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September 30, 2003
The average music listener may only think of Maria Muldaur as the singer who seductively rode her camel into the Top Ten with her 1974 hit, “Midnight at the Oasis,” a song that’s become a staple of “oldies” radio. But there are many more musical sides to Maria Muldaur, sides that will be on display Saturday night at the Roper Performing Arts Center when she performs with the Joshua Wolf Trio as part of the Jazz on Granby series.
Promoter Blake Cullen booked Maria after hearing her CD tribute to Peggy Lee, A Woman Alone with the Blues, released earlier this year on Telarc. Like many, he hadn’t previously thought of her as a jazz singer. But jazz and swing have been a part of her musical mix from the beginning.
“I do have quite a few jazz credentials,” she told me recently from her home base in San Francisco’s Mill Valley. “I was recording with Benny Carter and an all-star big band back in the early ‘70s. People like Ray Brown, Milt Hinton, Snooky Young, Harry ‘Sweets’ Edison---I got to record and perform live with a ‘who’s who’ of jazz greats at that time. So, the older style jazz and swing has been in my repertoire for many years.”
Over the last decade and a half, though, she’s focused more on the blues, with a dozen recordings primarily in that genre, each of which has garnered critical acclaim and award nominations. But when Peggy Lee passed away last year, the idea of a tribute percolated to the surface and she began to dig more deeply into Ms. Lee’s catalog.
“It’s one thing to hear something and enjoy it, which I’ve done over the years with her stuff,” she notes, “but another thing to seriously delve into it. The thing I discovered about her that I honestly didn’t know was that she was such a wonderful songwriter. In fact, one of the articles that I read said that she could be considered one of the first singer-songwriters way before there was that genre, per se. There were singers and there were songwriters and very rarely did the twain meet. But in her case, right in the early ‘40s she had ‘I Don’t Know Enough About You’ and ‘Waiting For the Train to Come In.’
“As much as possible, I wanted to represent some fine examples of her songwriting. We did those two, which she wrote with her husband Dave Barbour. And she did ‘I’m Gonna Go Fishin’ with none other than Duke Ellington, if you please. Not a bad songwriting partner.”
In the liner notes to A Woman Alone With the Blues, Maria Muldaur says that the first Peggy Lee song she heard was “Fever,” probably Ms. Lee’s best known hit and the opening track on Muldaur’s tribute disc:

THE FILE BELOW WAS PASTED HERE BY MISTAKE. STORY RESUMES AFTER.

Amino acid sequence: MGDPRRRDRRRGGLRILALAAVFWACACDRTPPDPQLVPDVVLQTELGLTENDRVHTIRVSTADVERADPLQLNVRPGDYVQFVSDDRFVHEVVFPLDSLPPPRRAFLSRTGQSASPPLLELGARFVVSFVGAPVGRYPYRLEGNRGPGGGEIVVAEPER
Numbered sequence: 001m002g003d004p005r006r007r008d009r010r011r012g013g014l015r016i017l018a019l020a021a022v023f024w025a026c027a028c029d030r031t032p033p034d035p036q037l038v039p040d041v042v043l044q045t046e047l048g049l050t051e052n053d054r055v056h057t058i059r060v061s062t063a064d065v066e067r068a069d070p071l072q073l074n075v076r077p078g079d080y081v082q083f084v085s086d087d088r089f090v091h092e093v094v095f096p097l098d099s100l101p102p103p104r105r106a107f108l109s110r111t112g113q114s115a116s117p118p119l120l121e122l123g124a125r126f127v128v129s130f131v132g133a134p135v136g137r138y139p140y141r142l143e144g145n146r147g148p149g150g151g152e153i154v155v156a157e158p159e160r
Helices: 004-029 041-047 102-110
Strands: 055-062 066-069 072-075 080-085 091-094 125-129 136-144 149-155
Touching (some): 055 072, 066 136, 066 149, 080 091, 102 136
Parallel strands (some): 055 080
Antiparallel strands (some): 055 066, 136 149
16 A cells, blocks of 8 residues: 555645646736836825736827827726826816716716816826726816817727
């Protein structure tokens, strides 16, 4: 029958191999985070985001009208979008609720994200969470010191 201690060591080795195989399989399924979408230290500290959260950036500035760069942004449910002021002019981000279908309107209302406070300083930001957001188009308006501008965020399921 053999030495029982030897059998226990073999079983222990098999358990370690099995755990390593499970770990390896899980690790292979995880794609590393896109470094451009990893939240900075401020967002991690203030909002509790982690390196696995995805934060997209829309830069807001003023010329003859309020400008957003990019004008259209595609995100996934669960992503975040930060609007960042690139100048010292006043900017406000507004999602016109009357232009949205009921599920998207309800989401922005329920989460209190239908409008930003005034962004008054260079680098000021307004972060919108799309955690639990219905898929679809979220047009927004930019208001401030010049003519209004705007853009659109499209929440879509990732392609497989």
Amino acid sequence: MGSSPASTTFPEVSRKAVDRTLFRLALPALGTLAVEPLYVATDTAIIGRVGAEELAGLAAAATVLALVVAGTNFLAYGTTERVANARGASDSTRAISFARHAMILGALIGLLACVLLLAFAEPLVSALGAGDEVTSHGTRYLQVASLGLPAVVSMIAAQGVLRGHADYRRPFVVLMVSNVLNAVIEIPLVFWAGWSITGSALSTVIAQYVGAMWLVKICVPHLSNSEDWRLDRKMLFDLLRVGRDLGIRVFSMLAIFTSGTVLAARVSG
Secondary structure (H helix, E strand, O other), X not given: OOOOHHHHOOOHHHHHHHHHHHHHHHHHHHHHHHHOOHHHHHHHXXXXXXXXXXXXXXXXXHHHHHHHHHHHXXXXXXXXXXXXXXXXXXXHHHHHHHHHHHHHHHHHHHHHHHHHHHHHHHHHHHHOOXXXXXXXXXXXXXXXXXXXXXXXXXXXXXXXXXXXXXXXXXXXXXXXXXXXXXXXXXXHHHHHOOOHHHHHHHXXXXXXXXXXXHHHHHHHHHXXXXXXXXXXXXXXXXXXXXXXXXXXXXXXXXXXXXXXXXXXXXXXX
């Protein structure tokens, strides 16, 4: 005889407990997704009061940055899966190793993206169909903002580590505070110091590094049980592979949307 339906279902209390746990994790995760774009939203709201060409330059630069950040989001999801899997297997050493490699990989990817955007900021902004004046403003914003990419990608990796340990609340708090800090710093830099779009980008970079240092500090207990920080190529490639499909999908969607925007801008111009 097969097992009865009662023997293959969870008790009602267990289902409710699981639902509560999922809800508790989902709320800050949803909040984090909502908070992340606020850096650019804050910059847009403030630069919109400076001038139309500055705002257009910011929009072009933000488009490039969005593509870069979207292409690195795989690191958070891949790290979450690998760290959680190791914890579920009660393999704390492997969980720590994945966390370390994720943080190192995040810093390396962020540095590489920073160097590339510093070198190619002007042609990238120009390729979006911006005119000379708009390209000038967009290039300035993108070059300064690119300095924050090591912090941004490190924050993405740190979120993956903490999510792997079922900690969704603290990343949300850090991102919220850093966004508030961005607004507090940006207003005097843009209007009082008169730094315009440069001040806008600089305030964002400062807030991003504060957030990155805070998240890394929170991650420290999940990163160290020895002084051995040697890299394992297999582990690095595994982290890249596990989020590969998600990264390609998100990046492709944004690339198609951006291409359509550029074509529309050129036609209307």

“One night in ’62 I decided to play side ‘B’ on the juke box. It was a song entitled ‘I’m a Woman, W-O-M-A-N,’ done in the same style as ‘Fever.’ I instantly fell in love with it and played it repeatedly.”
Thirteen years later, “I’m a Woman” would become Maria Muldaur’s second biggest hit, the followup to “Midnight at the Oasis.”
“Her stuff was very smooth,” she says. “People use the word ‘sultry’ to describe my singing a lot, and they also use it to describe hers. We have that in common. But I normally have a more earthy, rootsy kind of approach to my singing because I’ve been steeped in the blues all these years.
“Deciding to do a tribute to Peggy Lee, the more I listened, I started to appreciate how flawlessly she sang and delivered the songs, and so effortlessly too. She conveyed so much feeling and emotion and mood. She was barely breathing the lyrics. She didn’t scat sing, she didn’t riff all over the map. She was the ultimate in cool.
“It was a very good exercise for me, without trying to copy her, to sort of trim my sails a little bit and just try to focus more on the very middle of the lyric and of the note. I have this imaginary patron saint of music that I call ‘Les Ismore,’ and just try to sing in a very simple style that puts the lyrics and the feeling of the song front and center.”
Maria Muldaur has been putting feeling into music for over 40 years, since she began singing in Washington Square Park and local coffeehouses in the Greenwich Village neighborhood in which she grew up. Since her “Oasis” days as the sexy but innocent ingenue, she has matured into a lyrical interpreter of the highest rank, and her voice has become an instrument of depth and world-wizened knowingness. A Woman Alone with the Blues is one of the most enjoyable CDs of the year, and Saturday night’s show at the Roper should be one of the finest concerts of the year.
“Of course we’re featuring the music of Peggy Lee,” she says, “but I’m also featuring the music of Maria Muldaur…40 years of other jazz stuff that I’ve been doing in my repertoire. I do ‘It Ain’t the Meat, It’s the Motion’ that I did with the Benny Carter Big Band (on 1974’s Waitress in a Donut Shop]. We do some Mose Allison tunes and an Abbey Lincoln tune. And we do a nice, hip jazz version of ‘Midnight at the Oasis.’”
Tickets for Saturday’s show are available from the Virginia Arts Festival box office and all Ticketmaster locations for $15.00 in advance and $20.00 on the day of the show.
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